Hi Corbett Field was built in 1927 and originally named RandolphMunicipalBaseballPark. The initial home teams in the early years included the Tucson Waddies and the Tucson Cowboys of the Arizona State League. In 1931, the Tucson Missions played in the Arizona-Texas League and the Tucson Lizards were the name in 1932. From 1933-1958 the Tucson Cowboys occupied the ballpark.
In 1946, the Cleveland Indians moved their spring training operations to Tucson. Hiram Steven Corbett, a long-time Arizona state senator and president of the Tucson Baseball Commission, played a key role in luring the Indians. Corbett worked with Bill Veeck, then owner of the Indians, to make the deal happen.
In the Cactus League's inaugural opener on March 8, 1946, Bob Lemon got the win as the Indians defeated the Giants 3-1. In 1951, the City of Tucson renamed the ballpark in honor of Corbett and it has since been known simply as Hi Corbett Field.
For 46 years, it was the home of Indians for spring training. In 1992, the Indians announced they were moving their spring training location to Florida. The Colorado Rockies, a new expansion franchise, immediately moved into the facility in the spring of 1993. The club remained through 2010.
The ballpark was the home of the Tucson Toros, a Class-AAA affiliate, from 1969-1997. But when the Arizona Diamondbacks and Chicago White Sox opened the Kino Sports Complex as a spring training site, the Tucson Toros permanently moved to the new park and became known as the Tucson Sidewinders. Thereafter, USA baseball, the Arizona Heat of National Pro Fastpitch and the Golden Baseball League's Tucson Toros have been headquartered at Hi Corbett.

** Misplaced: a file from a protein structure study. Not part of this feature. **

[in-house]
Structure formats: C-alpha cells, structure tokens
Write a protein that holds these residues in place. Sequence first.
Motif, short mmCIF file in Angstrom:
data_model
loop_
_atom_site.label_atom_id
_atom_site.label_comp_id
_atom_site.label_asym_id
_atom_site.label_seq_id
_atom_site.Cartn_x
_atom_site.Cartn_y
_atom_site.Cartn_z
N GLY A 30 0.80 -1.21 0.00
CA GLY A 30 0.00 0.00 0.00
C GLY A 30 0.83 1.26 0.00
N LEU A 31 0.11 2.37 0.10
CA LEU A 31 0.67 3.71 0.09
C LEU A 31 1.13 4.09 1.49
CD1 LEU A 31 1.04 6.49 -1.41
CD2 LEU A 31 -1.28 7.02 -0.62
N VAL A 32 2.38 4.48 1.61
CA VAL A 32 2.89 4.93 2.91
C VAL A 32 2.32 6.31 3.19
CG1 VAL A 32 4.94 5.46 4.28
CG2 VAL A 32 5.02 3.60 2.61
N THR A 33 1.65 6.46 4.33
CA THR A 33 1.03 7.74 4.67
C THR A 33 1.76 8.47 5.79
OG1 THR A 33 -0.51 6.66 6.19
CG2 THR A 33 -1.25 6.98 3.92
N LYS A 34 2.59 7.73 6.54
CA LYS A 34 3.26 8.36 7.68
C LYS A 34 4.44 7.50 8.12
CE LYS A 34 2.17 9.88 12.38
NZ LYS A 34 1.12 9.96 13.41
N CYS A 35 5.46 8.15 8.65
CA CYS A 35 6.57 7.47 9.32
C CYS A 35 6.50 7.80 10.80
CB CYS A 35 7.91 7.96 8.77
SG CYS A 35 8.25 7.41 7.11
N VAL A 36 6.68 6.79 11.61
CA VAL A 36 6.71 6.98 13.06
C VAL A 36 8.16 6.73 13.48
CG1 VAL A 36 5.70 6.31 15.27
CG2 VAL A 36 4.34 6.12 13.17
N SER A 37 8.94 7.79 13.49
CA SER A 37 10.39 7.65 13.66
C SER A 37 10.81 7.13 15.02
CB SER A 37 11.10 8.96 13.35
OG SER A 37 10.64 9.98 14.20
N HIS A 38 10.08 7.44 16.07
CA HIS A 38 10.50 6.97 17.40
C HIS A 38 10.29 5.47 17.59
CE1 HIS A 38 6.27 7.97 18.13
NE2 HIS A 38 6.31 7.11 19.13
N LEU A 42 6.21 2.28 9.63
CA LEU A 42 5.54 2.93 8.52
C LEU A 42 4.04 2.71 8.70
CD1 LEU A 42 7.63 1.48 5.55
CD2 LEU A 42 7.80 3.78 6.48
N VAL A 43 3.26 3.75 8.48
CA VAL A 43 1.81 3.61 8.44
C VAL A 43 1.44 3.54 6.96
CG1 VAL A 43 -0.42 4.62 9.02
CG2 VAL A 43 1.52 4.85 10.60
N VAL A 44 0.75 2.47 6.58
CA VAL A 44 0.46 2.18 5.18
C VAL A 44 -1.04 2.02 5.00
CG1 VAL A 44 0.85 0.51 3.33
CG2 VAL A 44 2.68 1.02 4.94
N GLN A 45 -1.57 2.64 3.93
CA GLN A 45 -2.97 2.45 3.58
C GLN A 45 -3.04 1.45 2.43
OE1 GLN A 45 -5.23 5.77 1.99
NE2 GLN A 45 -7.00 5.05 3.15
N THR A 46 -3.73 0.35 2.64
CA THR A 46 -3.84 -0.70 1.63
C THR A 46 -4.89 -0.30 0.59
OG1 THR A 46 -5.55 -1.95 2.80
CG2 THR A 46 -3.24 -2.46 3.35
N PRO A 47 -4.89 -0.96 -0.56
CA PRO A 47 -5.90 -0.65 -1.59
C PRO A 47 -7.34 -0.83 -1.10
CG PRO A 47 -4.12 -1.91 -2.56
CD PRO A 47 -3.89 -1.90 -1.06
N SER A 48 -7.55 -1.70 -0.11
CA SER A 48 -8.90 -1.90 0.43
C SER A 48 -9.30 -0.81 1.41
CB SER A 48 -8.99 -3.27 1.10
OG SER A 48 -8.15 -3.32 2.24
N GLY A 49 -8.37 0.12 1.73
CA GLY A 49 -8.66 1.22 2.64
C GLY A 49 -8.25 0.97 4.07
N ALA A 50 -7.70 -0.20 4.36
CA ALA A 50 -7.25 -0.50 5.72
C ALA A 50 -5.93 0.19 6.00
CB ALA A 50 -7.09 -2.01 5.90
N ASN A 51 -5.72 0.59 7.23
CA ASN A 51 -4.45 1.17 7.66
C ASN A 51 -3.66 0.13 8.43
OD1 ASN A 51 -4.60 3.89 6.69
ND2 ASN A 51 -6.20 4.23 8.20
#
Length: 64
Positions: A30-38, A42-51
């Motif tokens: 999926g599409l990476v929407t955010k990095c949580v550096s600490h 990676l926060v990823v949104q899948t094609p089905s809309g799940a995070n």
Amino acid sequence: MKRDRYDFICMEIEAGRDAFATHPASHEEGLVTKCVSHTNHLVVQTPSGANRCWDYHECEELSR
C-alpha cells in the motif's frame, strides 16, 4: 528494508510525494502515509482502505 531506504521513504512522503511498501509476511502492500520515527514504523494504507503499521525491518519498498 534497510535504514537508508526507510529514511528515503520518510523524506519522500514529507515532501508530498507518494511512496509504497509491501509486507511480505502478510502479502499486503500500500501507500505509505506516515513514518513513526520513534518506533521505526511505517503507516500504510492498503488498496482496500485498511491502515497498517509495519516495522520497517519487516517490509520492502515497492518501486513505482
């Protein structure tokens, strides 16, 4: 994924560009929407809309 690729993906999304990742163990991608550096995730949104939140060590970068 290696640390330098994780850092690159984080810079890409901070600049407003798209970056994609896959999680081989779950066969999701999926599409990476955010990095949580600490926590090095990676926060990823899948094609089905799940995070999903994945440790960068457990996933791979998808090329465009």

On Aug. 10, 2011, the University of Arizona Department of Intercollegiate Athletics announced that the baseball program was moving its plant permanently to Hi Corbett Field. The move became official months later when a lease agreement was singed by the school and the City of Tucson.
The school has a long and storied history of playing games at Hi Corbett Field, though most games date back to the 1940's, 50's, 60's and early 70's. The Wildcats often played double-headers where the afternoon contest was played on campus at UA Field (now current location of main library) and the nightcap was hosted under the lights at Hi Corbett Field. Arizona's rivalry games with ArizonaState were also frequently played off-campus in the evenings, as were the NCAA District Playoffs.
The first-ever collegiate night game played in Tucson was on April 26, 1940 when Arizona hosted New Mexico. The Wildcats won, 8-0, but the night was highlighted by hurler Ken Heist who struck out 21 batsmen in his final collegiate game. At the time it was believed to be a school record and remains the top mark in program history to this day.
In 1967, the Arizona baseball program proudly opened Wildcat Field and added lights to the facility during the 1975 season. With a lighted ballpark on campus, the need to play games at Hi Corbett faded away. The on-campus venue was renamed Frank Sancet Stadium in 1986 and later to Jerry Kindall Field at Frank Sancet Stadium in 2003. The ballpark hosted 1,604 games from 1967-2011, with the Wildcats winning 1,114 games against 486 losses and four ties.